Drivers passing Middle Wallop last Friday morning would be forgiven for wondering what on earth was going on as more than 20 aeroplanes, and some helicopters, descended to land at the Army airbase.
Middle Wallop, the home of Army Aviation was hosting a visit from the Royal Air Squadron, a distinguished group of aviators. As the squadron aircraft arrived, taxied in and parked on the flightline outside the Army Flying Museum it soon became apparent that the Squadron had brought with them a fascinating and diverse collection of aircraft. A beautiful Twin Beech, a V-tail Bonanza, and an immaculate Boeing Stearman were amongst the group, together with more modern aircraft including an RV9, Eurofox and several Cessna 182s. The helicopters included Robinson R22s, R44s and a Eurocopter EC120.
Once they had shut their aircraft down the crews made their way to the Army Flying Museum. There they were met by the CCF cadets of Embley School. Embley’s CCF has only recently established its relationship with the Army Air Corps and Middle Wallop in particular so this was the first opportunity for the cadets to participate in an official function.
The visit was the idea of Brigadier (retd) Richard Folkes, president of the HAAF, and a member of the Royal Air Squadron. After a welcome from the Commandant of Middle Wallop, Colonel Robin Melling the visit got underway. Members were divided into two groups, with one spending the morning on a guided tour of the Museum, whilst the other visited the HAAF.
The visitors also had a chance to hear about Army Aviation training at Middle Wallop and received a number of briefings from serving personnel. Perhaps the most fascinating of these was a short run through about the new AH64 Apache, the Echo model which is just coming into service with the Army Air Corps.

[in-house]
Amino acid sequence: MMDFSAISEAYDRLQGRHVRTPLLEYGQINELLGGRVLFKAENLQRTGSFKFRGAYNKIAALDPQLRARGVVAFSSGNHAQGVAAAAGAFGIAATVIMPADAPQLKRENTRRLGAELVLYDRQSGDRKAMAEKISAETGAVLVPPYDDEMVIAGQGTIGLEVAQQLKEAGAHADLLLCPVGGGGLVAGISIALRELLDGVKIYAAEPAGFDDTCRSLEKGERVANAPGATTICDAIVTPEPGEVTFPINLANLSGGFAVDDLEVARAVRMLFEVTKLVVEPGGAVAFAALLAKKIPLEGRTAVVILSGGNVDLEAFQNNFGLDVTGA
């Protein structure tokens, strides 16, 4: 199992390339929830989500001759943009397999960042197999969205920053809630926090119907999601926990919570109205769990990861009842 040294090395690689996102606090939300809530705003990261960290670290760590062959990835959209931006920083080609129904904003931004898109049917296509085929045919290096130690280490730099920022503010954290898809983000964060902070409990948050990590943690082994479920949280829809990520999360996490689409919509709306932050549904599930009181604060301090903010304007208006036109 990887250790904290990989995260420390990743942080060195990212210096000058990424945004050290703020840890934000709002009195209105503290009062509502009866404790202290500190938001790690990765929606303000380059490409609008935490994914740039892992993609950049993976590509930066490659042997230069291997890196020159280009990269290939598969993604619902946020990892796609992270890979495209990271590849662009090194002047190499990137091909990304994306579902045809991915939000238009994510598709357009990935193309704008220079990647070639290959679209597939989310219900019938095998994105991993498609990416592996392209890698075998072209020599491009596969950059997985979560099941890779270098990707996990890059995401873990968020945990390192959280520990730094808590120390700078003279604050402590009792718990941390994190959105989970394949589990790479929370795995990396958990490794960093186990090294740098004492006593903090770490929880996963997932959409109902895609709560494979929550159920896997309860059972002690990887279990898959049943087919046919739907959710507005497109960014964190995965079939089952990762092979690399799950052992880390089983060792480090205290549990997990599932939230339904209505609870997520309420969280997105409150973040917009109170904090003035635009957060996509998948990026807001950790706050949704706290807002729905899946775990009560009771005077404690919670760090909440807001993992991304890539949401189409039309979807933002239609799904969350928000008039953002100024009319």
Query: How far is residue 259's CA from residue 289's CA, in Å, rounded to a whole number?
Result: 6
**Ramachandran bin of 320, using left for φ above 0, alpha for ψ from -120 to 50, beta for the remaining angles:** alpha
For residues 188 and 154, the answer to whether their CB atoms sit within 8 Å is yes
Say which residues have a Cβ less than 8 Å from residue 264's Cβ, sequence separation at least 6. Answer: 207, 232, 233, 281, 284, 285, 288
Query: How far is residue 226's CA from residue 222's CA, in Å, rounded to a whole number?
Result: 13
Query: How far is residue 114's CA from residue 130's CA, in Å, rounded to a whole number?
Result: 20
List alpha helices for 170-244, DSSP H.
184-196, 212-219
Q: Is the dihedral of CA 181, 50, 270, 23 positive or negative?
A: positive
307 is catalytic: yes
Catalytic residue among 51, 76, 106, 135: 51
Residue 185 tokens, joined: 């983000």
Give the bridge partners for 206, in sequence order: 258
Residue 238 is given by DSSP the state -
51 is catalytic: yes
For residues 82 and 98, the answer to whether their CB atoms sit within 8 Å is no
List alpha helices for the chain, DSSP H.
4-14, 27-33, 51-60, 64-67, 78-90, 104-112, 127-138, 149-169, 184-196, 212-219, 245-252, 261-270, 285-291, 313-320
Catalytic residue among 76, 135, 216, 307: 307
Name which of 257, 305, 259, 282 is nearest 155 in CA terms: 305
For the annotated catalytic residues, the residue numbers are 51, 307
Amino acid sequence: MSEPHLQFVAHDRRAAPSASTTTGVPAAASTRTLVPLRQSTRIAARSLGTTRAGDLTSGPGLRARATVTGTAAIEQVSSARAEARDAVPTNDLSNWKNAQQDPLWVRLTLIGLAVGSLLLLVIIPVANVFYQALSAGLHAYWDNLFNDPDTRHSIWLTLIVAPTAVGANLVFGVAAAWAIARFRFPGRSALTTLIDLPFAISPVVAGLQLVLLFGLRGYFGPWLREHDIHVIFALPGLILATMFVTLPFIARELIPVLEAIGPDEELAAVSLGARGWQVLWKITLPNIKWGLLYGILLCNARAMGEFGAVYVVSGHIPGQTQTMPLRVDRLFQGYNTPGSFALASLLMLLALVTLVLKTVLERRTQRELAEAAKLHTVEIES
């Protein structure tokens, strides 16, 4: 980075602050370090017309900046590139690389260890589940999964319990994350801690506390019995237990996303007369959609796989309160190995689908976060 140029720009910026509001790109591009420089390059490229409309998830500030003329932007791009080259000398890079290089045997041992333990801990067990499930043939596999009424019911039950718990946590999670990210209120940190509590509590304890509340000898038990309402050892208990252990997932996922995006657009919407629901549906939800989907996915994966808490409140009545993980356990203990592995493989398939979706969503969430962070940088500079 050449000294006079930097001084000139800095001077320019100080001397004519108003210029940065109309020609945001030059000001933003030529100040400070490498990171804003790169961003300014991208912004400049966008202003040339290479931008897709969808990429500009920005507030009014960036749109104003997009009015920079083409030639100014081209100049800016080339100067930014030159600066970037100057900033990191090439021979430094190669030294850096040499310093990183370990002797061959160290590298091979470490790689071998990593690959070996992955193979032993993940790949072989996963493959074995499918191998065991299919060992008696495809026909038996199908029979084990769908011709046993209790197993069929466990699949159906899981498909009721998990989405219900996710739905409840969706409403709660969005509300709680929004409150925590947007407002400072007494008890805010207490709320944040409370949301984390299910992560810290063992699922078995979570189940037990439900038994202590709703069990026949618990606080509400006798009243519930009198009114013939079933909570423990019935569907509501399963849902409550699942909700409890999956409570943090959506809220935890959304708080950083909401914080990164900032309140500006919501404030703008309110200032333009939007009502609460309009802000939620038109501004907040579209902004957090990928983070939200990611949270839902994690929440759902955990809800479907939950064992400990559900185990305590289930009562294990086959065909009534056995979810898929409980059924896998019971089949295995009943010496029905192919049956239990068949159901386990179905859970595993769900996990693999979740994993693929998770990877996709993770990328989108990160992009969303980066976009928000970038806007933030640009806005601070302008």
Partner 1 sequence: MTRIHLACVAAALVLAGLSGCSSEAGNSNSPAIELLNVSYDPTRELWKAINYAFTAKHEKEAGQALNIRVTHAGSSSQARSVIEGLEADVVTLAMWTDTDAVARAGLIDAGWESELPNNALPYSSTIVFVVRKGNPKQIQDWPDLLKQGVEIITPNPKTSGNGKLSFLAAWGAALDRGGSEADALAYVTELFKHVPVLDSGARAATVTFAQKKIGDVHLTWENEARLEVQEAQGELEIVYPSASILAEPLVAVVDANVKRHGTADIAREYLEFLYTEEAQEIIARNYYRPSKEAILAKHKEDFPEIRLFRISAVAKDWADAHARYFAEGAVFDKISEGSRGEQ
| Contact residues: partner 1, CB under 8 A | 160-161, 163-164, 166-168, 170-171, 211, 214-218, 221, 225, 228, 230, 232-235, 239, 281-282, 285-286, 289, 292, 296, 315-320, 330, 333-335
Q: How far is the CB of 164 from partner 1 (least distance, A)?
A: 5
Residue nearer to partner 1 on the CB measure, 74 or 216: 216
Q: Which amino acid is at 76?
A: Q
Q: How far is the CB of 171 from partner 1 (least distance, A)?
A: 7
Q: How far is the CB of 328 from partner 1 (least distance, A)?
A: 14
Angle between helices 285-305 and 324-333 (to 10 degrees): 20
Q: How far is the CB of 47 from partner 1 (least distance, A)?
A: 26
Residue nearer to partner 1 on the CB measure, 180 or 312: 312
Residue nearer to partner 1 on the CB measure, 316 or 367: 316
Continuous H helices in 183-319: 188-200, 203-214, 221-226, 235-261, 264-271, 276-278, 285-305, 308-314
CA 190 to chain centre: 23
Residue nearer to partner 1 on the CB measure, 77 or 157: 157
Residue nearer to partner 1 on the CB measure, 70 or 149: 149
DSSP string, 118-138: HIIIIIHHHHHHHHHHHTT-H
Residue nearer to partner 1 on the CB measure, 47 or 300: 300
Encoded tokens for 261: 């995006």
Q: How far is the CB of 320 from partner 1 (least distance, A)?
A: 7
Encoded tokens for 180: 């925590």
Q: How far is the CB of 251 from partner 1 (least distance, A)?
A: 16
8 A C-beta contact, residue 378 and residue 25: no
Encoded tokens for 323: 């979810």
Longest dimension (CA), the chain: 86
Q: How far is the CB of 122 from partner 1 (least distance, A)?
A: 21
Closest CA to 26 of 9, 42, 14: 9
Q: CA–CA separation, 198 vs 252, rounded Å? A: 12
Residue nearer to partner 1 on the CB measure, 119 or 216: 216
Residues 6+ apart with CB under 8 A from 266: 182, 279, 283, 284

Led by cadet leaders Tim Leather and Helen Smart from Embley School, the CCF cadets were there to support the Squadron’s hosts for the day, the Historic Army Aircraft Flight (HAAF).
The idea behind the HAAF visit was to share experiences of flying, but also to introduce the squadron to the other activities within the HAAF. Several members had asked to fly in the HAAFs historic aircraft, so it wasn’t long before the Sioux, Scout and Chipmunk began a busy schedule of flying. However it wasn’t just the guests of the squadron who were flying, as the cadets were included in the programme too, and they all had a chance to fly.
Everyone also had a chance to visit the HAAF’s hangar and see all the engineering and maintenance work that is done by its team of dedicated and hard working volunteer engineers.
Friday was an important day for the HAAF in other ways too, as the squadron’s visit coincided with the launch of the HAAF’s Scholarship programme. Aimed at cadets, young soldiers and veterans, the programme is designed to offer people the opportunity to experience flight in one of the HAAF aircraft. Ranging from Bronze through Silver to Gold, each offers a chance to become involved in the HAAFs flying, whether on the Bronze level as a single air experience flight, or towards Silver or Gold level where recipients receive between five and ten hours of flying lessons.
With the HAAF visit and flying programme complete there were a lot of happy smiling faces as everyone gathered back at the museum at the end of the afternoon. The guided tours of the museum had been a great success too, with everything brought to life by the museum’s guides, experienced army aviators themselves.
All that was left was for the squadron’s members to depart which was quite a spectacle as each took to the sky in a very busy 40 minutes of starting, taxiing and taking off, quite a treat for anyone passing Middle Wallop later in the afternoon.
Photo credit: Daniel Frampton